Amazon, Meta, Alphabet and Microsoft will collectively incur more than $10bn in charges related to mass redundancies, real estate and other cost-saving measures, as the Big Tech companies reveal the hefty price they incur to rein in spending.
The US companies that have been implementing the largest job cuts in the tech sector disclosed the high costs related to their restructuring efforts in earnings statements released this week.
The four groups had previously announced 50,000 job cuts to convince Wall Street they were heading into a “year of efficiency”, as Meta chief executive Mark Zuckerberg described it. This trend comes after more than a decade of heavy spending in a focus on aggressive top-line growth.
Despite the companies’ high upfront costs such as severance payments, investors appear encouraged by the steps taken.
Since formally announcing their cuts, the companies have together added more than $800bn to their market capitalisations. Meta, the earliest mover among the Big Tech groups, has seen its value almost double since detailing its job cuts in November.
While savings could have been made by implementing more gradual cost reductions, tech companies were being rewarded by the markets for “ripping the band aid off”, said Wedbush analyst Dan Ives.
“Big Tech has been spending money like 80s rock stars for the last four to five years,” he said. “It feels like there’s adults in the room now.”
The process to become leaner in the wake of macroeconomic pressure contrasts starkly with the pandemic-era hiring boom, with headcounts increasing rapidly at tech companies that were responding to a rise in demand in digital products and services.
Apple remains the only large tech company that has not announced any job cuts or a cost-cutting programme, despite on Thursday reporting its first decline in quarterly revenues in three and a half years.
According to Layoffs.fyi, a tracker logging instances of tech redundancies, almost 250,000 employees have been let go across the sector since the start of last year.
Some of the most recent, from this past week, include software group Okta, which laid off 300 employees, data analysis company Splunk, with 325, and image-sharing social network Pinterest, which said 150 roles would go.
The deepest cuts have come from the biggest names. In November, Meta announced it would let go 11,000 of its employees, as well as dump office space and data centres.
On Wednesday, the Facebook parent detailed charges of $4.6bn related to restructuring. Severance costs ran to $975mn, according to a company filing, though that cost was offset by “decreases in payroll, bonus and other benefits expenses”. A further $1bn in charges related to reducing office footprint is expected in 2023.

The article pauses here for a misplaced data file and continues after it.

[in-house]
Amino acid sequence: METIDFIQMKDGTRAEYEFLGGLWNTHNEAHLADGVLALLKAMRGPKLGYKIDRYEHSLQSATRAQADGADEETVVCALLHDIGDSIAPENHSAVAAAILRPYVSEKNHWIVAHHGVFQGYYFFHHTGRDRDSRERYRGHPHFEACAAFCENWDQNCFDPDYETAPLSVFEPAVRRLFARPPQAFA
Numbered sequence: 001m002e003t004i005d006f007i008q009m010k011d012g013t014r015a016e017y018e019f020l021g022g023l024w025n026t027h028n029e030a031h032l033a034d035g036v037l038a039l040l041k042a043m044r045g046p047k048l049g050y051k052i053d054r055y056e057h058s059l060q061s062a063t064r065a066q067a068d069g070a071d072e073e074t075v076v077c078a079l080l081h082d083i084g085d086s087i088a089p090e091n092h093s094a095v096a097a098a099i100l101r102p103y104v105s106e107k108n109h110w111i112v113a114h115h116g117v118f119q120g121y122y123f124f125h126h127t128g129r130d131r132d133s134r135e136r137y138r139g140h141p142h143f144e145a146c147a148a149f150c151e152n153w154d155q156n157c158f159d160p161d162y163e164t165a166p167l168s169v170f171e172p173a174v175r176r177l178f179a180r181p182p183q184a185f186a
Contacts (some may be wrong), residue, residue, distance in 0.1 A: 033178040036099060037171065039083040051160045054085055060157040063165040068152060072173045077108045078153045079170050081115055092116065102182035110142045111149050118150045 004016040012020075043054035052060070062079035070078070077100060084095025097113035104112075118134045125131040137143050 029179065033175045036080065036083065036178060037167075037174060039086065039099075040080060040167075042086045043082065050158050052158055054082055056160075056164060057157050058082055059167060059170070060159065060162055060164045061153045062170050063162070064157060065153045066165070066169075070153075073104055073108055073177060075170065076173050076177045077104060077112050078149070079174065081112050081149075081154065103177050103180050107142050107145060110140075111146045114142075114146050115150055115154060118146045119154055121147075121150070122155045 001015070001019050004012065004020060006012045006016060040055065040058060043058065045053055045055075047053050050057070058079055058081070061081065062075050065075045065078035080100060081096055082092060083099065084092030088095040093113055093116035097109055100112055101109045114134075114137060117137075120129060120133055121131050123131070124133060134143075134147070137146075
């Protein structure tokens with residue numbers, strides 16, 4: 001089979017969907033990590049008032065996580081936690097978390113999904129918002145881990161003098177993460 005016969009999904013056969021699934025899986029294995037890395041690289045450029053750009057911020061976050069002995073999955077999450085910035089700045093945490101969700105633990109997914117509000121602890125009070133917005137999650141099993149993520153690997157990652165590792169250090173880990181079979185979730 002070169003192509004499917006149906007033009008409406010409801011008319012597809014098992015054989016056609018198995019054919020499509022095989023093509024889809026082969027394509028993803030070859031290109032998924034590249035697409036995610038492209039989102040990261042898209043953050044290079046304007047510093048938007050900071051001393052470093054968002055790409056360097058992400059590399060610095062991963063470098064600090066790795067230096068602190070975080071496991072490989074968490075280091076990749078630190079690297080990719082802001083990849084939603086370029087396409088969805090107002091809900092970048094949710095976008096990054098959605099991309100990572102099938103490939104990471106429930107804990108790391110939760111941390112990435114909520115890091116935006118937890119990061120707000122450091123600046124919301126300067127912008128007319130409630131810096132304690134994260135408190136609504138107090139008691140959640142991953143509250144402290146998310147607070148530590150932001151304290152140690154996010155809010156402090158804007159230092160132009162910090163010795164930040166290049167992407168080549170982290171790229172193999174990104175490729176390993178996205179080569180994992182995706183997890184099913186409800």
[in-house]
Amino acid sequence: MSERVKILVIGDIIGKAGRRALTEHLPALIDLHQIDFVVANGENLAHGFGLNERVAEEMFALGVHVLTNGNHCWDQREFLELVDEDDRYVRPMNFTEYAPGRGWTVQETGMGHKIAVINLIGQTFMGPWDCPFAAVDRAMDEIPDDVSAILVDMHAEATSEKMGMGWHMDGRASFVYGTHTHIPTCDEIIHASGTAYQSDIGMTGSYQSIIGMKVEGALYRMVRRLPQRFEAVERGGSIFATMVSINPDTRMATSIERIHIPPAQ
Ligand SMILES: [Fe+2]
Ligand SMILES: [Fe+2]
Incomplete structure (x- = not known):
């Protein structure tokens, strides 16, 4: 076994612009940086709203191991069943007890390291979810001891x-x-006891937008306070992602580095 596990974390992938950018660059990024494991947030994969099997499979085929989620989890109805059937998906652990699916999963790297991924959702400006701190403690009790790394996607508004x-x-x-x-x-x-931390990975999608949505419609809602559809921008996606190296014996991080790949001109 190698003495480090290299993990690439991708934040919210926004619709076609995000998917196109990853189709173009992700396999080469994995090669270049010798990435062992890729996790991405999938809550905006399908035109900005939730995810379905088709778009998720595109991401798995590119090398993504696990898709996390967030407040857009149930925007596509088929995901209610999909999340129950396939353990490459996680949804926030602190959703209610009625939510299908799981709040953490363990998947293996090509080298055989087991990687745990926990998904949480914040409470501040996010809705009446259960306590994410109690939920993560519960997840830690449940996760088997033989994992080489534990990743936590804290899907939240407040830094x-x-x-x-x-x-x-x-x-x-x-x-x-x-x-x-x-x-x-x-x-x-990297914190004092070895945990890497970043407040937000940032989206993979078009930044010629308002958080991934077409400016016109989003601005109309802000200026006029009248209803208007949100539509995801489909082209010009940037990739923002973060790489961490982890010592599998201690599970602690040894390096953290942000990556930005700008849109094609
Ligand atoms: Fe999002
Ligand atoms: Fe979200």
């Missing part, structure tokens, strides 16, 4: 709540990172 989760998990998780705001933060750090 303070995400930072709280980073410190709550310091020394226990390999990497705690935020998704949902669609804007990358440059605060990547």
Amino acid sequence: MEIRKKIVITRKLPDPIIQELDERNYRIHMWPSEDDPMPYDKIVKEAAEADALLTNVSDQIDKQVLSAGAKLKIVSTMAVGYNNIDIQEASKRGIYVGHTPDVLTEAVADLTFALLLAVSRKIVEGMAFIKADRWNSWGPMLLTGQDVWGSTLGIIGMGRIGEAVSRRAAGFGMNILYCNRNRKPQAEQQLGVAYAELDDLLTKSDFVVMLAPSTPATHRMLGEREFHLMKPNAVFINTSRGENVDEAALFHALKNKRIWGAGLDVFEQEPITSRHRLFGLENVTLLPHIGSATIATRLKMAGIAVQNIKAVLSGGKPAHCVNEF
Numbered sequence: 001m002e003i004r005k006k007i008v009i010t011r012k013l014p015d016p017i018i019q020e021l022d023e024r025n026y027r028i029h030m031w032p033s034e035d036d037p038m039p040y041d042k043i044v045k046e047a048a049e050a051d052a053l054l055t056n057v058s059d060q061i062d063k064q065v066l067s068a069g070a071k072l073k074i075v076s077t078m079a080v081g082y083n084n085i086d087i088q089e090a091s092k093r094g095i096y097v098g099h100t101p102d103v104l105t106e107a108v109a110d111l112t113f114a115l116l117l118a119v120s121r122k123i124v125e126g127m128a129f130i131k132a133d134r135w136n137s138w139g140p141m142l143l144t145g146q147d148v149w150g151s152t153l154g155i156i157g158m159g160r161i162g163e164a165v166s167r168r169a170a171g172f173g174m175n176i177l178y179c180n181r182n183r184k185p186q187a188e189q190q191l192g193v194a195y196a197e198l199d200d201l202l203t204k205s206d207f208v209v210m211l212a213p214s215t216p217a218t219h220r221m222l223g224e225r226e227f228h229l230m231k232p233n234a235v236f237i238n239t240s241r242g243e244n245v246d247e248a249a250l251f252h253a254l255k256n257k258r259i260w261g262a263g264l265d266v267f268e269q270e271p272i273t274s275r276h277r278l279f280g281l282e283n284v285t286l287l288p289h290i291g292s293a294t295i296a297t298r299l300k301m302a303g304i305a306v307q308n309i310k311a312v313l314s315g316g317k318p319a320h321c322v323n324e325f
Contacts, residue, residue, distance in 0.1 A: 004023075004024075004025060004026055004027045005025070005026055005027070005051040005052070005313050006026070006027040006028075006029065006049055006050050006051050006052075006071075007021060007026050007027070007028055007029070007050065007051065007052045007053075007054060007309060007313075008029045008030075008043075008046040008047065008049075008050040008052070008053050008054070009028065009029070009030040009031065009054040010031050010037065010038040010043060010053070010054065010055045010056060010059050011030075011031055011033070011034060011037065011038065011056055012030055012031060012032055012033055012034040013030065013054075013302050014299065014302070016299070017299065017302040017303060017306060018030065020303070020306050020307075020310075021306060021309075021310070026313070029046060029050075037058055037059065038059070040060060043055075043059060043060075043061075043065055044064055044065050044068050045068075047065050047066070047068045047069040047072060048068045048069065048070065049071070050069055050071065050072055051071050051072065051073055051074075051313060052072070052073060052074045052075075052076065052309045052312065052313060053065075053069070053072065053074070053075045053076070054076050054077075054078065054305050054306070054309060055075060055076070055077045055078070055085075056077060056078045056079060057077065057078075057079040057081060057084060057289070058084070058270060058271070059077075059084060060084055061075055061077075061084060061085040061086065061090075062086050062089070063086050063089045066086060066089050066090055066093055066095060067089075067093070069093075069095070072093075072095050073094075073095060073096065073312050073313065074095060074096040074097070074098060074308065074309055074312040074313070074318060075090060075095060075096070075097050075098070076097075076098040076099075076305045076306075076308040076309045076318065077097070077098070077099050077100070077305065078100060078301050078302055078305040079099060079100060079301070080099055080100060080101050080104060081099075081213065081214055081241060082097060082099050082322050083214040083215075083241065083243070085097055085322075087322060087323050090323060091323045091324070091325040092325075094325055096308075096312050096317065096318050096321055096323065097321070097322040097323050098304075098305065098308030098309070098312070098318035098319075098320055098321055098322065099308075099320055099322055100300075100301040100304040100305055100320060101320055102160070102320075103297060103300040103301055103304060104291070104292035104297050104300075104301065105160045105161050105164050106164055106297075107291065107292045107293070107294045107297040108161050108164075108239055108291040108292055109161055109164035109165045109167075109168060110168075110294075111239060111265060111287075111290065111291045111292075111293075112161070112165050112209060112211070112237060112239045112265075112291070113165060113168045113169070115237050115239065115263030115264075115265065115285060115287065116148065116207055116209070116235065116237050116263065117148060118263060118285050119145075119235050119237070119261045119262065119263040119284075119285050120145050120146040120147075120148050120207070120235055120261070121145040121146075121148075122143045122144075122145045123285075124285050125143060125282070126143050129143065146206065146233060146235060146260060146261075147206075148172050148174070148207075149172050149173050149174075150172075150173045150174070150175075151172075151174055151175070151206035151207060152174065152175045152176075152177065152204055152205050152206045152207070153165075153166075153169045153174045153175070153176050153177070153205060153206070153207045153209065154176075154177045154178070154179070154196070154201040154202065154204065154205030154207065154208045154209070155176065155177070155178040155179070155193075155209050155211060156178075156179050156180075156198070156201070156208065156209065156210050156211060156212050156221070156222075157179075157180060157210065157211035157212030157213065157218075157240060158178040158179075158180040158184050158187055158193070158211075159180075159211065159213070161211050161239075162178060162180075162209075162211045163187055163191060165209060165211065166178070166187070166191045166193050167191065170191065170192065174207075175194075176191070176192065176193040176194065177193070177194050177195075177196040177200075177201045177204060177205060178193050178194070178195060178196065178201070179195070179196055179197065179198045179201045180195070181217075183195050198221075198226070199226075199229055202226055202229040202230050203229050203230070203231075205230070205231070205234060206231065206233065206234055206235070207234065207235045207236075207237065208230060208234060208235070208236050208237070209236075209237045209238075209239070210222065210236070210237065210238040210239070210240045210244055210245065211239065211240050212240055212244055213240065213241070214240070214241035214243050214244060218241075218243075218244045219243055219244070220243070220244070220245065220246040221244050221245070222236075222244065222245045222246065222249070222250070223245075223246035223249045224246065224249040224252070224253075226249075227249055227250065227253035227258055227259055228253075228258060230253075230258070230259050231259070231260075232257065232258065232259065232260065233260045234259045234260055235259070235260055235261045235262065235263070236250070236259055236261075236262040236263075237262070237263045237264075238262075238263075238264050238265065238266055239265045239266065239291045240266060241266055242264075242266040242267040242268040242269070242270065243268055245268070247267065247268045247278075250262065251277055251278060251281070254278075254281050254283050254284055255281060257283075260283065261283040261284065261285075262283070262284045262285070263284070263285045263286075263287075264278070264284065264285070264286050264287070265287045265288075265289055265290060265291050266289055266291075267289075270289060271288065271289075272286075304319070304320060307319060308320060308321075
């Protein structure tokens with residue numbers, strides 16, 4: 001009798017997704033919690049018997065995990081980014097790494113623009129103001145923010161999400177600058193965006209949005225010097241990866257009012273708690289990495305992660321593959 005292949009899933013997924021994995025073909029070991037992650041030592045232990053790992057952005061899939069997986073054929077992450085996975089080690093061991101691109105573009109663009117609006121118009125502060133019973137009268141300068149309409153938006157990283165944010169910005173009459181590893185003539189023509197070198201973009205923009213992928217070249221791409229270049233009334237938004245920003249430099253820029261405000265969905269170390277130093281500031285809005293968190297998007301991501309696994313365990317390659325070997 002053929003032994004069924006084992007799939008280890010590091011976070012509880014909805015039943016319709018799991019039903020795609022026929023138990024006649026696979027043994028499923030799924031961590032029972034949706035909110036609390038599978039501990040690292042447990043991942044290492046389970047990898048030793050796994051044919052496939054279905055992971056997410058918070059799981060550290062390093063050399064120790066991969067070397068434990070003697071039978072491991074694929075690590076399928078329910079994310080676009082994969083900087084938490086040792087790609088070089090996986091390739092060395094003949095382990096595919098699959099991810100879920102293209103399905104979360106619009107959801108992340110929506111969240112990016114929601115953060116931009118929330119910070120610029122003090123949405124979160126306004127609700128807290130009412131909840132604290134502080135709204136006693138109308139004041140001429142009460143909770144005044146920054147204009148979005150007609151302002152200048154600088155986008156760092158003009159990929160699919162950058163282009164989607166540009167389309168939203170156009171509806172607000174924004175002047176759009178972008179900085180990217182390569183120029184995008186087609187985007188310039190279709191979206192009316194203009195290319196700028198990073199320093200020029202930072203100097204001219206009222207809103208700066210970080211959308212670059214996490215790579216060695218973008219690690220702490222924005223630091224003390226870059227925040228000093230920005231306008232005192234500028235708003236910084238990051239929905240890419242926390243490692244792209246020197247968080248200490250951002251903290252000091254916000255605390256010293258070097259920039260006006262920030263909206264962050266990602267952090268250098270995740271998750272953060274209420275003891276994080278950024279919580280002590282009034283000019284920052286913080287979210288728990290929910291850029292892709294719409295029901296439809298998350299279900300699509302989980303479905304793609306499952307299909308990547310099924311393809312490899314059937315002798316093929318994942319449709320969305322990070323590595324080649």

Amazon chief executive Andy Jassy told employees in January the company would eliminate 18,000 roles.
Speaking to investors on Thursday, Amazon’s chief financial officer Brian Olsavsky said $640mn had been spent on severance in the fourth quarter of 2022, as well as an additional $720mn on abandoning real estate, primarily due to pulling back on opening new physical grocery stores. The company did not share further details on charges it might incur in the current quarter and beyond.
Google parent Alphabet, which is laying off 12,000 people, said it expected to incur severance costs ranging from $1.9bn to $2.3bn, with most of the impact in the current quarter. At the high end of that guidance, the cost of severance will work out at approximately $191,000 per employee. Alphabet faces a further $500mn in costs relating to office space reduction in the current quarter, it said.
Despite the cuts, Alphabet chief financial officer Ruth Porat told investors on Thursday the company would continue “hiring in priority areas, with a particular focus on top engineering and technical talent, as well as on the global footprint of our talent”.
Microsoft’s planned savings — which include 10,000 job cuts — has resulted in it incurring a $1.2bn charge in the final three months of 2022, $800mn of which was from severance pay.
Salesforce, which will not report earnings until March, is expected to be another company facing significant restructuring costs, having announced a 10 per cent reduction in its workforce last month. That move came as activist investor Elliott Management took a multibillion-dollar stake in the company, saying it intended to work “constructively with Salesforce to realise the value befitting a company of its stature”.
Likewise, Alphabet has drawn attention from activist Sir Christopher Hohn, of TCI Fund Management, who wrote to chief executive Sundar Pichai, saying he needed to make further headcount cuts and trim “excessive employee compensation”.